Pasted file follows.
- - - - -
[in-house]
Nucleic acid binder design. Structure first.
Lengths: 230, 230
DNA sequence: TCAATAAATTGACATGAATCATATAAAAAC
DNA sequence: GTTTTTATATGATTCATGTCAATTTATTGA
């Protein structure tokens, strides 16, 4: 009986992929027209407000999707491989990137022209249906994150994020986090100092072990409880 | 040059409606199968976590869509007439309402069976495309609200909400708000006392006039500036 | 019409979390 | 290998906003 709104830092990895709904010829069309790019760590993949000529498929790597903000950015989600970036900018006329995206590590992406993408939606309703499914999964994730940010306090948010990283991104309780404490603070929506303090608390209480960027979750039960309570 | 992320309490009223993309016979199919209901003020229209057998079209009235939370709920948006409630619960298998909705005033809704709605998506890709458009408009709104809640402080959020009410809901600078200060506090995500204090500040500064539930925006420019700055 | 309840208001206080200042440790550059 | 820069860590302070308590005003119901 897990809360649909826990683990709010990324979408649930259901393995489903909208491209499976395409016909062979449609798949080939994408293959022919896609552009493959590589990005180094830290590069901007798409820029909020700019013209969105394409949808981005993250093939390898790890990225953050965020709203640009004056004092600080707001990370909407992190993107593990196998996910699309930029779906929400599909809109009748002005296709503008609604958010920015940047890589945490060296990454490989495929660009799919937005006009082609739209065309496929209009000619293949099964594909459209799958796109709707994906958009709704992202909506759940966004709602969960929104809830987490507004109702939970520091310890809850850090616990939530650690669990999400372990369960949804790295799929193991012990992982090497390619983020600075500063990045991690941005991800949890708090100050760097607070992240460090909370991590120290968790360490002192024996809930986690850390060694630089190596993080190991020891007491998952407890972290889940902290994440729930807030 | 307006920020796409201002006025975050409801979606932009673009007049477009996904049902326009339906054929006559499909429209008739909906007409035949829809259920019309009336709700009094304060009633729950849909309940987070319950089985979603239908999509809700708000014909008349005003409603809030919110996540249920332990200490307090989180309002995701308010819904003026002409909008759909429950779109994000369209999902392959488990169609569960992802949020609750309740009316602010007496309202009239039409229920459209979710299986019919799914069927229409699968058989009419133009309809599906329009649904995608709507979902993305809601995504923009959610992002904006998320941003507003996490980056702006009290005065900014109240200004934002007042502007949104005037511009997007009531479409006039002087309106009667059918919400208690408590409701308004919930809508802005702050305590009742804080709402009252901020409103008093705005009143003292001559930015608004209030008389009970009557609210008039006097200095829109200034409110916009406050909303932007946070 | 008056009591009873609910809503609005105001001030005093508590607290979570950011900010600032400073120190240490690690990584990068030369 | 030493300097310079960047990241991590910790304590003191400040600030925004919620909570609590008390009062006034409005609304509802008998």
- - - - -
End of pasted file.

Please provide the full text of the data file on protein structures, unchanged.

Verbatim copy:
[in-house]
Nucleic acid binder design. Structure first.
Lengths: 230, 230
DNA sequence: TCAATAAATTGACATGAATCATATAAAAAC
DNA sequence: GTTTTTATATGATTCATGTCAATTTATTGA
């Protein structure tokens, strides 16, 4: 009986992929027209407000999707491989990137022209249906994150994020986090100092072990409880 | 040059409606199968976590869509007439309402069976495309609200909400708000006392006039500036 | 019409979390 | 290998906003 709104830092990895709904010829069309790019760590993949000529498929790597903000950015989600970036900018006329995206590590992406993408939606309703499914999964994730940010306090948010990283991104309780404490603070929506303090608390209480960027979750039960309570 | 992320309490009223993309016979199919209901003020229209057998079209009235939370709920948006409630619960298998909705005033809704709605998506890709458009408009709104809640402080959020009410809901600078200060506090995500204090500040500064539930925006420019700055 | 309840208001206080200042440790550059 | 820069860590302070308590005003119901 897990809360649909826990683990709010990324979408649930259901393995489903909208491209499976395409016909062979449609798949080939994408293959022919896609552009493959590589990005180094830290590069901007798409820029909020700019013209969105394409949808981005993250093939390898790890990225953050965020709203640009004056004092600080707001990370909407992190993107593990196998996910699309930029779906929400599909809109009748002005296709503008609604958010920015940047890589945490060296990454490989495929660009799919937005006009082609739209065309496929209009000619293949099964594909459209799958796109709707994906958009709704992202909506759940966004709602969960929104809830987490507004109702939970520091310890809850850090616990939530650690669990999400372990369960949804790295799929193991012990992982090497390619983020600075500063990045991690941005991800949890708090100050760097607070992240460090909370991590120290968790360490002192024996809930986690850390060694630089190596993080190991020891007491998952407890972290889940902290994440729930807030 | 307006920020796409201002006025975050409801979606932009673009007049477009996904049902326009339906054929006559499909429209008739909906007409035949829809259920019309009336709700009094304060009633729950849909309940987070319950089985979603239908999509809700708000014909008349005003409603809030919110996540249920332990200490307090989180309002995701308010819904003026002409909008759909429950779109994000369209999902392959488990169609569960992802949020609750309740009316602010007496309202009239039409229920459209979710299986019919799914069927229409699968058989009419133009309809599906329009649904995608709507979902993305809601995504923009959610992002904006998320941003507003996490980056702006009290005065900014109240200004934002007042502007949104005037511009997007009531479409006039002087309106009667059918919400208690408590409701308004919930809508802005702050305590009742804080709402009252901020409103008093705005009143003292001559930015608004209030008389009970009557609210008039006097200095829109200034409110916009406050909303932007946070 | 008056009591009873609910809503609005105001001030005093508590607290979570950011900010600032400073120190240490690690990584990068030369 | 030493300097310079960047990241991590910790304590003191400040600030925004919620909570609590008390009062006034409005609304509802008998």